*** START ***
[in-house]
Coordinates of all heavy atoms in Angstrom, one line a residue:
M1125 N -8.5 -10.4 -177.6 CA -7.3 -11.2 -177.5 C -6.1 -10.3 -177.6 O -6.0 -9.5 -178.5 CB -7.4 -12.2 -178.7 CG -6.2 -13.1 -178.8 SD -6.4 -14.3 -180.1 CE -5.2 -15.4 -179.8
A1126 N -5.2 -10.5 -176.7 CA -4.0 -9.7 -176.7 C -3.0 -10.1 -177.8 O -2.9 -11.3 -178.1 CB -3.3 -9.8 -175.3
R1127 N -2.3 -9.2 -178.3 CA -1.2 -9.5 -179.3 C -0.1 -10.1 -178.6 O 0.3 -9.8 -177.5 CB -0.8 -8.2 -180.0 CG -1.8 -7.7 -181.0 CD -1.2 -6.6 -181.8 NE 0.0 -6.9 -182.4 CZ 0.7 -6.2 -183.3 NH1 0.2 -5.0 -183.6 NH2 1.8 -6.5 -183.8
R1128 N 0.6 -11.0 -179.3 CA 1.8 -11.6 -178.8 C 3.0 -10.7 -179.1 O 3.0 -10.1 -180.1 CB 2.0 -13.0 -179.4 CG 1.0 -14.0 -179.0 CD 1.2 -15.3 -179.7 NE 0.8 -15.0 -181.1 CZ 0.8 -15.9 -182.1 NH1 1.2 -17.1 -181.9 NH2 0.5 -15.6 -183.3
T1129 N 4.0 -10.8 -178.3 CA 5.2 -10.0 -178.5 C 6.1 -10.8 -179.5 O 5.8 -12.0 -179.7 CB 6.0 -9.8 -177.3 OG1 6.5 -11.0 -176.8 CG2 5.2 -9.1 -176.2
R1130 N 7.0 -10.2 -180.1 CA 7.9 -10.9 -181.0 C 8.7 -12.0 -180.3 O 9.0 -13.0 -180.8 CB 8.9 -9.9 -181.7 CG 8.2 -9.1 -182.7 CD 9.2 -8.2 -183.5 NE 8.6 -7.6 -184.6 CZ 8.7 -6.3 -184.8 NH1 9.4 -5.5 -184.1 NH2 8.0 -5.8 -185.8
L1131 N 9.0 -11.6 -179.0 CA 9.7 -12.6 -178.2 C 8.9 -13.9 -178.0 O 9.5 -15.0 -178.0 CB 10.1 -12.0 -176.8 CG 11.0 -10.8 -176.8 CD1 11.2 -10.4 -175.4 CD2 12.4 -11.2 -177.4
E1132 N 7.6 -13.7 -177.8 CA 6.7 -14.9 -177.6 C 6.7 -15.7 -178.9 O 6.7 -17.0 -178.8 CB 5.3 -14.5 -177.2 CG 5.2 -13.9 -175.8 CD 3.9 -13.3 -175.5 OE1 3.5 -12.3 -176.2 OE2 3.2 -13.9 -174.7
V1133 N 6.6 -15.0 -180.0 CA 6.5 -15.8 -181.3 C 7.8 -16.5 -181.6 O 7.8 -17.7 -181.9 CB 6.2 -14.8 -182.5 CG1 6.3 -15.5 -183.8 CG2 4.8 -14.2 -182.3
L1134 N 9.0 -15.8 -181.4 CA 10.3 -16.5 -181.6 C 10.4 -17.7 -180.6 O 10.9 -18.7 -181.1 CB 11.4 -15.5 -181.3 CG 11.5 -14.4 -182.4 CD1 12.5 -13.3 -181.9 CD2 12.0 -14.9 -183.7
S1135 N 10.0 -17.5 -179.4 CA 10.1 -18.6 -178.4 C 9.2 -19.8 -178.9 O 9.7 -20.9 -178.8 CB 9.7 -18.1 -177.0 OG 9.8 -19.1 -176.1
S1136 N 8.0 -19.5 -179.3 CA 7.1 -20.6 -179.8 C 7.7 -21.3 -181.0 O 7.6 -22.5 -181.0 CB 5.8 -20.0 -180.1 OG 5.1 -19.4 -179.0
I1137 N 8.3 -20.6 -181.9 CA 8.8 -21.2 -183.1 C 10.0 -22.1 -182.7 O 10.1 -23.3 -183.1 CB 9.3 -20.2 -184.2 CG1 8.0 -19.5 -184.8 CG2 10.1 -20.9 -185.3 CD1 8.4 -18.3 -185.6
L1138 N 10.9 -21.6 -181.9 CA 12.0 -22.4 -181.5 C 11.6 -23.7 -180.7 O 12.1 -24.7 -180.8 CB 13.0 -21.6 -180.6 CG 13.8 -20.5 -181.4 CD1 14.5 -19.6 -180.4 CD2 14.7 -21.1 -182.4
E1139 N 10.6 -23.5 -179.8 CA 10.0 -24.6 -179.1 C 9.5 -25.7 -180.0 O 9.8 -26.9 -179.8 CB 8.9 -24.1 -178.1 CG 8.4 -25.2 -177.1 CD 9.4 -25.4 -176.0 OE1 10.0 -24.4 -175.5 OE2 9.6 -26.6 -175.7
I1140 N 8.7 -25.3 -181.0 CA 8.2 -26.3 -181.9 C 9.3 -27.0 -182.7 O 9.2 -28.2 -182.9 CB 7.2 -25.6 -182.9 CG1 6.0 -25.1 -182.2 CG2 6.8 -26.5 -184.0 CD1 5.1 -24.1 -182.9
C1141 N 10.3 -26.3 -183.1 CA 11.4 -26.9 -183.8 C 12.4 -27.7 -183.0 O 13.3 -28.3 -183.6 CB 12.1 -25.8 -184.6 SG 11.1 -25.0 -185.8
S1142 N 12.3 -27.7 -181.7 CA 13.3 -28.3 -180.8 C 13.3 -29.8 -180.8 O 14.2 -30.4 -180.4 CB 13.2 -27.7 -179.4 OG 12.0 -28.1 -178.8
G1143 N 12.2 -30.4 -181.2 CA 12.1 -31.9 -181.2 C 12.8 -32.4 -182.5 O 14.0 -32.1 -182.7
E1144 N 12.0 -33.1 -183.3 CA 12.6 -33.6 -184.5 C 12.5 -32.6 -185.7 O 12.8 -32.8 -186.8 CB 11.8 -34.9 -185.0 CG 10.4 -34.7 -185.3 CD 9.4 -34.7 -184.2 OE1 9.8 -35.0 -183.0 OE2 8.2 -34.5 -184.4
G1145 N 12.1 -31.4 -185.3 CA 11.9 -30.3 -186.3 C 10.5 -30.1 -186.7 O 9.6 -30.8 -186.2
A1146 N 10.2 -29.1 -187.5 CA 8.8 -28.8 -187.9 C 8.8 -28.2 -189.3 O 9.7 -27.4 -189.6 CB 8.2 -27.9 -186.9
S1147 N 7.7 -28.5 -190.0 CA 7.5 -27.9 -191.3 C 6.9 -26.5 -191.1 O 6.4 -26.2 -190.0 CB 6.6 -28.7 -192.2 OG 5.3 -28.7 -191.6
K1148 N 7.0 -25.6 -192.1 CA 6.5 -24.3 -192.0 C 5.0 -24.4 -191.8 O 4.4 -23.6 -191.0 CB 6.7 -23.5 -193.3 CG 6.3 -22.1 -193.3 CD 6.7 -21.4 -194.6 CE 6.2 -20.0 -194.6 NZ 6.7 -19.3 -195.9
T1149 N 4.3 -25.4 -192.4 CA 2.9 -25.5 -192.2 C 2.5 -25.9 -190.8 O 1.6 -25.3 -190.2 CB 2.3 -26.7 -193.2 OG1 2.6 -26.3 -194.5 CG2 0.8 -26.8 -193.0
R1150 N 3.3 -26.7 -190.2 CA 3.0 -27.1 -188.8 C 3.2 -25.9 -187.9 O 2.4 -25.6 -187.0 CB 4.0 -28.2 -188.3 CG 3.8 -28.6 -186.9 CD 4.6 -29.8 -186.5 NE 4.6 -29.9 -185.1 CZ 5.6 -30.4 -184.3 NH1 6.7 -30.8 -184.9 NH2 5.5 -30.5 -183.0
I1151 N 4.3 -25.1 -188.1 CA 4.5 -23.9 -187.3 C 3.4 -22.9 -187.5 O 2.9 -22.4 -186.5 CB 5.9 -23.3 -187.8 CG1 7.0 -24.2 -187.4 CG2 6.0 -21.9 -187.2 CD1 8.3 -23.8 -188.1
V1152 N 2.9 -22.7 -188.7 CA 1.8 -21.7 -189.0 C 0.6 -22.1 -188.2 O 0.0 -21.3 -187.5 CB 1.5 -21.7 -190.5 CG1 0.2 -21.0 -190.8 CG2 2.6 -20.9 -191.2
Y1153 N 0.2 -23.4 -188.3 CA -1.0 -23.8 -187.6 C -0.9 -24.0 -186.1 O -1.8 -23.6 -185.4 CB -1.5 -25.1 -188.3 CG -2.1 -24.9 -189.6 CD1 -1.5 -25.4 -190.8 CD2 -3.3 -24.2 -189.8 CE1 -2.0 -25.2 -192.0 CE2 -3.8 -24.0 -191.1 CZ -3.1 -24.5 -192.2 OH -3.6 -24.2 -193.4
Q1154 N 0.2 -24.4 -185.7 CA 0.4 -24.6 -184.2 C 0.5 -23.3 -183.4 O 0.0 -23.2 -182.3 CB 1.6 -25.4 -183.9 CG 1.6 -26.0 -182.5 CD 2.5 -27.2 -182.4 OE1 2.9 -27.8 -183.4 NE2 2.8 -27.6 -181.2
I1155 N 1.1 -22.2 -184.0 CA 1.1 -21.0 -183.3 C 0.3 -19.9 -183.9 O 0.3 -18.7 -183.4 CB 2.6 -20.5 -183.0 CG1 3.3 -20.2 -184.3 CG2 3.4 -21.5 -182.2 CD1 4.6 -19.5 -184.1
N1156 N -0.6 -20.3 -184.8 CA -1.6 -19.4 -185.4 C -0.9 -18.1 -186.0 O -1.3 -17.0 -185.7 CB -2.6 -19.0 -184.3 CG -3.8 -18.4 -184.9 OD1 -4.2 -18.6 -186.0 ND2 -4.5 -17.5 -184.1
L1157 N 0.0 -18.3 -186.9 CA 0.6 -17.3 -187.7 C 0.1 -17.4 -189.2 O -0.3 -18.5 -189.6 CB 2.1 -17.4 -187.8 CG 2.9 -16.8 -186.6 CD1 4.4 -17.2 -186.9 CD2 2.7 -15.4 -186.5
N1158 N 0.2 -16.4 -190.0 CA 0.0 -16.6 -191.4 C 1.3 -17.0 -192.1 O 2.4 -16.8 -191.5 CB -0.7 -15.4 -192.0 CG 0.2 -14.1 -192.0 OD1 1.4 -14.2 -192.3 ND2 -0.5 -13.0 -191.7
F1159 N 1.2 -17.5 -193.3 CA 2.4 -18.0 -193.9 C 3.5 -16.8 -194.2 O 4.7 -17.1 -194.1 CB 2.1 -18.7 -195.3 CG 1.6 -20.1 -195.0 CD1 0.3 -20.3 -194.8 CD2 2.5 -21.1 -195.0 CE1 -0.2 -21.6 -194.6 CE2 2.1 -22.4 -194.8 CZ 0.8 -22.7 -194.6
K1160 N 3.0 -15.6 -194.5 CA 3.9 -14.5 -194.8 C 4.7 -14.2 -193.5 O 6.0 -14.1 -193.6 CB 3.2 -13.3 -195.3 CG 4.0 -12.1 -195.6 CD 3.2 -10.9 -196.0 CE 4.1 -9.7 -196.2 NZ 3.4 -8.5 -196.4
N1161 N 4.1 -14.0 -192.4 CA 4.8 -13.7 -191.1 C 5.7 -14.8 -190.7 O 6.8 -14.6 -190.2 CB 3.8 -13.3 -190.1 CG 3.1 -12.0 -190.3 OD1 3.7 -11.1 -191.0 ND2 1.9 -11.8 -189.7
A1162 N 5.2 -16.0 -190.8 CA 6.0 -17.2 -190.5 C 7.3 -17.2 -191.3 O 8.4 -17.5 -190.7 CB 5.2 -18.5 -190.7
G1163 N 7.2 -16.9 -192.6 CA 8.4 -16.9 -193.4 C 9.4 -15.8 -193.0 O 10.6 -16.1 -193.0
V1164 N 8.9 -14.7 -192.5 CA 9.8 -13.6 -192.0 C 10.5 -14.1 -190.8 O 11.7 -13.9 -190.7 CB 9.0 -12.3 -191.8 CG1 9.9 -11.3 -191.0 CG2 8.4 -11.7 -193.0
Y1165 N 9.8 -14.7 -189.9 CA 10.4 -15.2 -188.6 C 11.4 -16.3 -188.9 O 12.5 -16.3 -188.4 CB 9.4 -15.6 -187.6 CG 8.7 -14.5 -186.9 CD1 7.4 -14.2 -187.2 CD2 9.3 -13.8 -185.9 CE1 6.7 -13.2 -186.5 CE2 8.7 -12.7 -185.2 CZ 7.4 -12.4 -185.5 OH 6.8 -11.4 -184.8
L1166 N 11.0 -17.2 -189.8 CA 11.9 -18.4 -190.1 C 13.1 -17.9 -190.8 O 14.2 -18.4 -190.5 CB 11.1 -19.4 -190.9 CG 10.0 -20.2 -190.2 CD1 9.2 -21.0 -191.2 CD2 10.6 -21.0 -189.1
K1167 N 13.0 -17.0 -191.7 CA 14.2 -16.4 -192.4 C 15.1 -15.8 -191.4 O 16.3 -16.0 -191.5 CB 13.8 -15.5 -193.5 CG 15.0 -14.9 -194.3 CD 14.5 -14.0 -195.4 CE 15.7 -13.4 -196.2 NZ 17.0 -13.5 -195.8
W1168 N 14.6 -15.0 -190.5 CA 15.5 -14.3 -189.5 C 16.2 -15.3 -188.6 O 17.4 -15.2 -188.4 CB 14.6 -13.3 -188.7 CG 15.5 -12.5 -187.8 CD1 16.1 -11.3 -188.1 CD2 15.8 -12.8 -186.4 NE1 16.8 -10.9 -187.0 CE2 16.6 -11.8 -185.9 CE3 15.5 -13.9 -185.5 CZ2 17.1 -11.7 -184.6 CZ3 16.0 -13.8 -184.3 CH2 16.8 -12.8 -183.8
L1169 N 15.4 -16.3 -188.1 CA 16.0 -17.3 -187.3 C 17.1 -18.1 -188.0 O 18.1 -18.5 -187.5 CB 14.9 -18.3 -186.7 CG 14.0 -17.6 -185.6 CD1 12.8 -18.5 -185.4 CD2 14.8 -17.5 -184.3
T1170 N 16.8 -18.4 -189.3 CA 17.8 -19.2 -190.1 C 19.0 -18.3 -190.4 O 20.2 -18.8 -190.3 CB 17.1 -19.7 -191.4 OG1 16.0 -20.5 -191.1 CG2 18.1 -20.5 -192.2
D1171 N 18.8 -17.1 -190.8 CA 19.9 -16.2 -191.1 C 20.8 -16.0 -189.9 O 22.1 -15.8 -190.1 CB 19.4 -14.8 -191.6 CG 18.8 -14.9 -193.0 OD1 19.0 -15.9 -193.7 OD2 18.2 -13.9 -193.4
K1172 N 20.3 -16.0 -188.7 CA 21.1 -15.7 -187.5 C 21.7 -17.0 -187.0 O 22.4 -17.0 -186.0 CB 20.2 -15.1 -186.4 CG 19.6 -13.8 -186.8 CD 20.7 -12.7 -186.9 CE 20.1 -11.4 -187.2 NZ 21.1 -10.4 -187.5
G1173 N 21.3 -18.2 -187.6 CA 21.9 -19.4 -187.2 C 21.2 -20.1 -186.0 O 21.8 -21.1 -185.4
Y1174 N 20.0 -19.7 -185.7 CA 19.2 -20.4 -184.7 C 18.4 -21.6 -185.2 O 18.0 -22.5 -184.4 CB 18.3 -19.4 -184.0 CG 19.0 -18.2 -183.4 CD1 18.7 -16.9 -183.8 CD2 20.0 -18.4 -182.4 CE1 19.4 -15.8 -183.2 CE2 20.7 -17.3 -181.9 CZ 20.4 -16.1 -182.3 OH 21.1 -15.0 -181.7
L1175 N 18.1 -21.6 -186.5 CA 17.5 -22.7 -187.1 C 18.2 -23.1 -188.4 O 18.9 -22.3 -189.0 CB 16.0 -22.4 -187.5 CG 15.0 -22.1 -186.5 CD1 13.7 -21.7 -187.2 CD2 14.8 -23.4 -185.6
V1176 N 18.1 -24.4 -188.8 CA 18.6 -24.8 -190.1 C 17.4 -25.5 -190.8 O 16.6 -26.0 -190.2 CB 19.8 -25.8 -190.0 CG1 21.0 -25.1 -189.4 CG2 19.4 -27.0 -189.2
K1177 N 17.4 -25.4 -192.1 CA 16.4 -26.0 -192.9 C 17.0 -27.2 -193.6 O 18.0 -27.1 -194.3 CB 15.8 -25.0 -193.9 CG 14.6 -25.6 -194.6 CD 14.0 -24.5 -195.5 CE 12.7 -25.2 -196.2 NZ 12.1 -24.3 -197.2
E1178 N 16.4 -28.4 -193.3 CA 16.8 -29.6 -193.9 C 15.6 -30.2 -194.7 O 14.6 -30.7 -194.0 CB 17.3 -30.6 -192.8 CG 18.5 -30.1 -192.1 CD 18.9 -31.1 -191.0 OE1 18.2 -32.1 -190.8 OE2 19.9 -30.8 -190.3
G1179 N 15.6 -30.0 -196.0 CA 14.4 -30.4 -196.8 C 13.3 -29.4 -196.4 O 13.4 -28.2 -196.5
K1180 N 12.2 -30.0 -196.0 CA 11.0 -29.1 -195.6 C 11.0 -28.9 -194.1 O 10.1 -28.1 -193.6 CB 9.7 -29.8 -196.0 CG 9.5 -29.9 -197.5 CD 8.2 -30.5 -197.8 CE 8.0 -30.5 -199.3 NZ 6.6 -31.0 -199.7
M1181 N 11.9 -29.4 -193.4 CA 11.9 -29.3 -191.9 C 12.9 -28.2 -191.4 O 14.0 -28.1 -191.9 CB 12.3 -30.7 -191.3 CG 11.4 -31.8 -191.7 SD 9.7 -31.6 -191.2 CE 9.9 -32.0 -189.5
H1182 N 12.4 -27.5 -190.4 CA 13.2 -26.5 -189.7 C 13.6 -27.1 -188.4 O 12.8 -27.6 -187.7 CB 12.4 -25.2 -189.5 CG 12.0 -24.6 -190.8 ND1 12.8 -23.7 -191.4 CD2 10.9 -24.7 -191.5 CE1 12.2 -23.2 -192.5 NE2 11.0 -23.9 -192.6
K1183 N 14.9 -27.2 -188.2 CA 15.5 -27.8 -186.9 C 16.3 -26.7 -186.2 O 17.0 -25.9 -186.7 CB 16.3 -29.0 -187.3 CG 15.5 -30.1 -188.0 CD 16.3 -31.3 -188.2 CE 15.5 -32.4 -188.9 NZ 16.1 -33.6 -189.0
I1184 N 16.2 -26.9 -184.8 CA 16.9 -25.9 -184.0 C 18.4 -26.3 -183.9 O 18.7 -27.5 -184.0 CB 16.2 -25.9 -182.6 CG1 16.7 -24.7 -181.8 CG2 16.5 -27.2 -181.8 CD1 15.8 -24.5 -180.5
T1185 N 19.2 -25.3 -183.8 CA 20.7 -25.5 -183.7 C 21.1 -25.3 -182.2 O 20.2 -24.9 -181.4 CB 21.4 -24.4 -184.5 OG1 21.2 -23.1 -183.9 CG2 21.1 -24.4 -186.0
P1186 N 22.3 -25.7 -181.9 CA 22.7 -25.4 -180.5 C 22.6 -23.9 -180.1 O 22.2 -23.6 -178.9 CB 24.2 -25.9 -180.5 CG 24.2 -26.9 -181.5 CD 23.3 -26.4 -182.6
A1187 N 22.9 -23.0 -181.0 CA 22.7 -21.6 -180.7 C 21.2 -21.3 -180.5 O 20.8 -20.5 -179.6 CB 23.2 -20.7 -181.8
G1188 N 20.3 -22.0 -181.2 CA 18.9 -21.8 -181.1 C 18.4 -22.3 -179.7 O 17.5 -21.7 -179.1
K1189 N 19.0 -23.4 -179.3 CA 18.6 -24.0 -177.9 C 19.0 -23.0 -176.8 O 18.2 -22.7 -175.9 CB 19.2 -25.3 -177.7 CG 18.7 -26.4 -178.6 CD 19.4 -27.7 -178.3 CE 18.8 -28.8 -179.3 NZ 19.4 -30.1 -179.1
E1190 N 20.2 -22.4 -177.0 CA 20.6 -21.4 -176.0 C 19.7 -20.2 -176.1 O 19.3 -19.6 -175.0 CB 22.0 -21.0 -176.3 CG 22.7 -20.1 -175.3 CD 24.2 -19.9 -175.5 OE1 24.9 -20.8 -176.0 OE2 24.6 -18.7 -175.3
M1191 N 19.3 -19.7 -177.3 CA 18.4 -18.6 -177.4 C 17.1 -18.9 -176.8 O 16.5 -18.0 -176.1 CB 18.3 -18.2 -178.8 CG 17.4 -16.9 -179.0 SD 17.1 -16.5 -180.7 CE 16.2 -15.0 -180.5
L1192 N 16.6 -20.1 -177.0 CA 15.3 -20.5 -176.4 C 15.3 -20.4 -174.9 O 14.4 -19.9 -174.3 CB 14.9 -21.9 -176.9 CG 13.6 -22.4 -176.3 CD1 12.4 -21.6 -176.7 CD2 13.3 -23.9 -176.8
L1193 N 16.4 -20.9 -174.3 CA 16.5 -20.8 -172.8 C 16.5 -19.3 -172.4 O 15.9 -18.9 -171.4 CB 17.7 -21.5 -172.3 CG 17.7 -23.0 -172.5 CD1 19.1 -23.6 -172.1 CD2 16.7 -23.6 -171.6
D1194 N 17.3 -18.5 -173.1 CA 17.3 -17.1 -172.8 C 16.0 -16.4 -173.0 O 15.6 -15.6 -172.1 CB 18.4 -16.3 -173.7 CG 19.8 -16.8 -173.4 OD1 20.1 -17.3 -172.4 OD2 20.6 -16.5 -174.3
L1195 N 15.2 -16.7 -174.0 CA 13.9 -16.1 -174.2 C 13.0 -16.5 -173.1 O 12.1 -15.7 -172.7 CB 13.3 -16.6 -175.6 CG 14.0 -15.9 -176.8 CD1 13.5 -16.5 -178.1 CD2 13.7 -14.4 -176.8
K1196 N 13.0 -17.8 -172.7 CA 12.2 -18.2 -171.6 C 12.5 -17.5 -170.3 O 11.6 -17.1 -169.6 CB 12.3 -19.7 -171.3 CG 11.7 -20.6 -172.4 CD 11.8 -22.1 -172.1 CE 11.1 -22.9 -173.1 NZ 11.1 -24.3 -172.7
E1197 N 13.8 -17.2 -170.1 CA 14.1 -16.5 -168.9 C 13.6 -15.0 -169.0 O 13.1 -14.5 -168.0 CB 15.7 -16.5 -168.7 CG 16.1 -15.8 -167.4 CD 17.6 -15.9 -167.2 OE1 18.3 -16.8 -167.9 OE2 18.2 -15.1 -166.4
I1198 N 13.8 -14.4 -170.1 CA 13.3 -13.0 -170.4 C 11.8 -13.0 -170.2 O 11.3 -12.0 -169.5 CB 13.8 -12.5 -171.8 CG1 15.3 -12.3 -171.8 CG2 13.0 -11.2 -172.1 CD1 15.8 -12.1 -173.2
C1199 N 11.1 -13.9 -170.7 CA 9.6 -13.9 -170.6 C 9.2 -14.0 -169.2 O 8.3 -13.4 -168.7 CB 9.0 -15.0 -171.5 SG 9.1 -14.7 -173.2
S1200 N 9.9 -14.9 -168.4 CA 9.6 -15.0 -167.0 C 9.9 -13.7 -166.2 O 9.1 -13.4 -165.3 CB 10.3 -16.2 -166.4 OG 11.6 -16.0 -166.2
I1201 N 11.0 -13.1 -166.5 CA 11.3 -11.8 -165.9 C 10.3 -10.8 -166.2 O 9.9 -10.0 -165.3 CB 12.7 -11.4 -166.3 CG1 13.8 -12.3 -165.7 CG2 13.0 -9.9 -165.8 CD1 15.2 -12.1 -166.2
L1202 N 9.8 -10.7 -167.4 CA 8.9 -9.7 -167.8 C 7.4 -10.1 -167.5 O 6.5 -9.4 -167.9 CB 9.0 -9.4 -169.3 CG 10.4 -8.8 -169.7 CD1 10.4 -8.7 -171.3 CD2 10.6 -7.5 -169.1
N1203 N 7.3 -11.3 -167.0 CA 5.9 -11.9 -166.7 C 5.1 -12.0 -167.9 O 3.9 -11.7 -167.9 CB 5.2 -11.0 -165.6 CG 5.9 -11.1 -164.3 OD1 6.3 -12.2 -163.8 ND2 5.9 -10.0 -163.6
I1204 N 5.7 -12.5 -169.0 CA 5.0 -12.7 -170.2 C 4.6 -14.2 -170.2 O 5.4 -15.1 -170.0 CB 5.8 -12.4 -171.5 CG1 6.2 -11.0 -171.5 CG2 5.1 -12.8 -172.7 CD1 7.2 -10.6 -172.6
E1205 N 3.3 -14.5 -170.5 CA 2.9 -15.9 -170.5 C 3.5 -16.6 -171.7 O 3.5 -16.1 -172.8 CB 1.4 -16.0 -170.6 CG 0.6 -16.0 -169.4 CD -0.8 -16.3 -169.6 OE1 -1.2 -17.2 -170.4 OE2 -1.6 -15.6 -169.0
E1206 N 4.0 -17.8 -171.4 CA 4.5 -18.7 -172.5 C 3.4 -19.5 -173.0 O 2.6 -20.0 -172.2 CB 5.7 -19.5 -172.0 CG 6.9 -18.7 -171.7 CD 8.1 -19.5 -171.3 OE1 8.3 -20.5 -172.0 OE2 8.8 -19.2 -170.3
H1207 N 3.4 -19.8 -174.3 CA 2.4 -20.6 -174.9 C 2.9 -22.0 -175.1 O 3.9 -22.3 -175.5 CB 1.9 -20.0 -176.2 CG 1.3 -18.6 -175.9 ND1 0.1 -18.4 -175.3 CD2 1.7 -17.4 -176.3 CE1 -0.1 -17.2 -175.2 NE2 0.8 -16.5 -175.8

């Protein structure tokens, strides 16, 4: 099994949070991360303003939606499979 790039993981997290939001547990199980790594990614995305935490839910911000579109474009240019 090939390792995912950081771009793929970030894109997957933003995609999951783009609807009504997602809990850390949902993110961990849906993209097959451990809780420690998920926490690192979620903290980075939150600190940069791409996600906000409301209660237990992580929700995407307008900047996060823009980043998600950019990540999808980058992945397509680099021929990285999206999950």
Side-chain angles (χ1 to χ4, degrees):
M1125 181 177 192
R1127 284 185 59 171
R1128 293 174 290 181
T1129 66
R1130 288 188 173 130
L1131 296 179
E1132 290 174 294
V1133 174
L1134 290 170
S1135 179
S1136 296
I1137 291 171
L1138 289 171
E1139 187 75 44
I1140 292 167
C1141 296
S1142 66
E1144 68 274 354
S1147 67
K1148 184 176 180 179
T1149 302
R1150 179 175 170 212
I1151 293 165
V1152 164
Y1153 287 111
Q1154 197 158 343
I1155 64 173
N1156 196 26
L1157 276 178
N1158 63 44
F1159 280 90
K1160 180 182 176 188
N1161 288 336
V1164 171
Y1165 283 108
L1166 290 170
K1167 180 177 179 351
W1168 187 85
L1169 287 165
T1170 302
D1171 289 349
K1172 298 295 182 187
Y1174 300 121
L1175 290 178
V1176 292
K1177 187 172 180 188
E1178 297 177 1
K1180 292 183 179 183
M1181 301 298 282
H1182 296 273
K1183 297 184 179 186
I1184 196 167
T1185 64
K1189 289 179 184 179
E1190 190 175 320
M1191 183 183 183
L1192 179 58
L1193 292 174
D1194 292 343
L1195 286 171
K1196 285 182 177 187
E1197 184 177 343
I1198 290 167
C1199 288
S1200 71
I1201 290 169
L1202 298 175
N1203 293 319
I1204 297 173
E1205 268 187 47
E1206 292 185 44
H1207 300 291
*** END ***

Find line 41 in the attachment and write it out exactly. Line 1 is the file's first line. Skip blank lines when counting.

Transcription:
G1163 N 7.2 -16.9 -192.6 CA 8.4 -16.9 -193.4 C 9.4 -15.8 -193.0 O 10.6 -16.1 -193.0